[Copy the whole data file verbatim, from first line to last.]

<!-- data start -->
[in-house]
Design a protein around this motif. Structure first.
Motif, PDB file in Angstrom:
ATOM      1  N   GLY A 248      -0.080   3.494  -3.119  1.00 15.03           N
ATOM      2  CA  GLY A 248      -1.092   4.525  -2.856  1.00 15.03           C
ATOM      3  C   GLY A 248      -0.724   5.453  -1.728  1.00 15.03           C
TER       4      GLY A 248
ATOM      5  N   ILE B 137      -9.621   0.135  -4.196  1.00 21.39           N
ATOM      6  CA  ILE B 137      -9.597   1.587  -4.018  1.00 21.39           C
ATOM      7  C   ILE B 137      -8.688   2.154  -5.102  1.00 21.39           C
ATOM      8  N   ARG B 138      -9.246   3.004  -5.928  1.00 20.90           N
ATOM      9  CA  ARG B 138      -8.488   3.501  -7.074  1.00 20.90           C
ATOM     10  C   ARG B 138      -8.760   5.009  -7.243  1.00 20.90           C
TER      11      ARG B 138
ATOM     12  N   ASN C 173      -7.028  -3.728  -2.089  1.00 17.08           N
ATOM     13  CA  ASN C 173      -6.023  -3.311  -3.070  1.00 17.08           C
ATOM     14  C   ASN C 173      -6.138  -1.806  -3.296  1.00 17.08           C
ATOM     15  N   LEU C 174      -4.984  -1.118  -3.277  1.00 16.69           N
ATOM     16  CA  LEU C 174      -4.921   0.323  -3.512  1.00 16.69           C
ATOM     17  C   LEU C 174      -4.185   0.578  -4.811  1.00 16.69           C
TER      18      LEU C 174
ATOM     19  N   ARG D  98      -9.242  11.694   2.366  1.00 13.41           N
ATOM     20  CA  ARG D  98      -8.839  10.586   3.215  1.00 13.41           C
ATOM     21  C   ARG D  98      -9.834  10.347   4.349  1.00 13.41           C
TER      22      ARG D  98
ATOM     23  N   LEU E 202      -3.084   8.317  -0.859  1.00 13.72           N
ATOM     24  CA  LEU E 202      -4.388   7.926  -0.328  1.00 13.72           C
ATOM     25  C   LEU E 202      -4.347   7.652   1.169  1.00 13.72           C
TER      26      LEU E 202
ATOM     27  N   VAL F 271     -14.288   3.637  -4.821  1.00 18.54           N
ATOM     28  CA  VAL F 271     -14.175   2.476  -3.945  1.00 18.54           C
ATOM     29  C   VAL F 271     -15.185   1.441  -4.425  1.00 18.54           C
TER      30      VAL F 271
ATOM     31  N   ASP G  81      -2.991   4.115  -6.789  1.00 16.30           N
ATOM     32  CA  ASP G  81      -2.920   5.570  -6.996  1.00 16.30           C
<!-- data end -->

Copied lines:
[in-house]
Design a protein around this motif. Structure first.
Motif, PDB file in Angstrom:
ATOM      1  N   GLY A 248      -0.080   3.494  -3.119  1.00 15.03           N
ATOM      2  CA  GLY A 248      -1.092   4.525  -2.856  1.00 15.03           C
ATOM      3  C   GLY A 248      -0.724   5.453  -1.728  1.00 15.03           C
TER       4      GLY A 248
ATOM      5  N   ILE B 137      -9.621   0.135  -4.196  1.00 21.39           N
ATOM      6  CA  ILE B 137      -9.597   1.587  -4.018  1.00 21.39           C
ATOM      7  C   ILE B 137      -8.688   2.154  -5.102  1.00 21.39           C
ATOM      8  N   ARG B 138      -9.246   3.004  -5.928  1.00 20.90           N
ATOM      9  CA  ARG B 138      -8.488   3.501  -7.074  1.00 20.90           C
ATOM     10  C   ARG B 138      -8.760   5.009  -7.243  1.00 20.90           C
TER      11      ARG B 138
ATOM     12  N   ASN C 173      -7.028  -3.728  -2.089  1.00 17.08           N
ATOM     13  CA  ASN C 173      -6.023  -3.311  -3.070  1.00 17.08           C
ATOM     14  C   ASN C 173      -6.138  -1.806  -3.296  1.00 17.08           C
ATOM     15  N   LEU C 174      -4.984  -1.118  -3.277  1.00 16.69           N
ATOM     16  CA  LEU C 174      -4.921   0.323  -3.512  1.00 16.69           C
ATOM     17  C   LEU C 174      -4.185   0.578  -4.811  1.00 16.69           C
TER      18      LEU C 174
ATOM     19  N   ARG D  98      -9.242  11.694   2.366  1.00 13.41           N
ATOM     20  CA  ARG D  98      -8.839  10.586   3.215  1.00 13.41           C
ATOM     21  C   ARG D  98      -9.834  10.347   4.349  1.00 13.41           C
TER      22      ARG D  98
ATOM     23  N   LEU E 202      -3.084   8.317  -0.859  1.00 13.72           N
ATOM     24  CA  LEU E 202      -4.388   7.926  -0.328  1.00 13.72           C
ATOM     25  C   LEU E 202      -4.347   7.652   1.169  1.00 13.72           C
TER      26      LEU E 202
ATOM     27  N   VAL F 271     -14.288   3.637  -4.821  1.00 18.54           N
ATOM     28  CA  VAL F 271     -14.175   2.476  -3.945  1.00 18.54           C
ATOM     29  C   VAL F 271     -15.185   1.441  -4.425  1.00 18.54           C
TER      30      VAL F 271
ATOM     31  N   ASP G  81      -2.991   4.115  -6.789  1.00 16.30           N
ATOM     32  CA  ASP G  81      -2.920   5.570  -6.996  1.00 16.30           C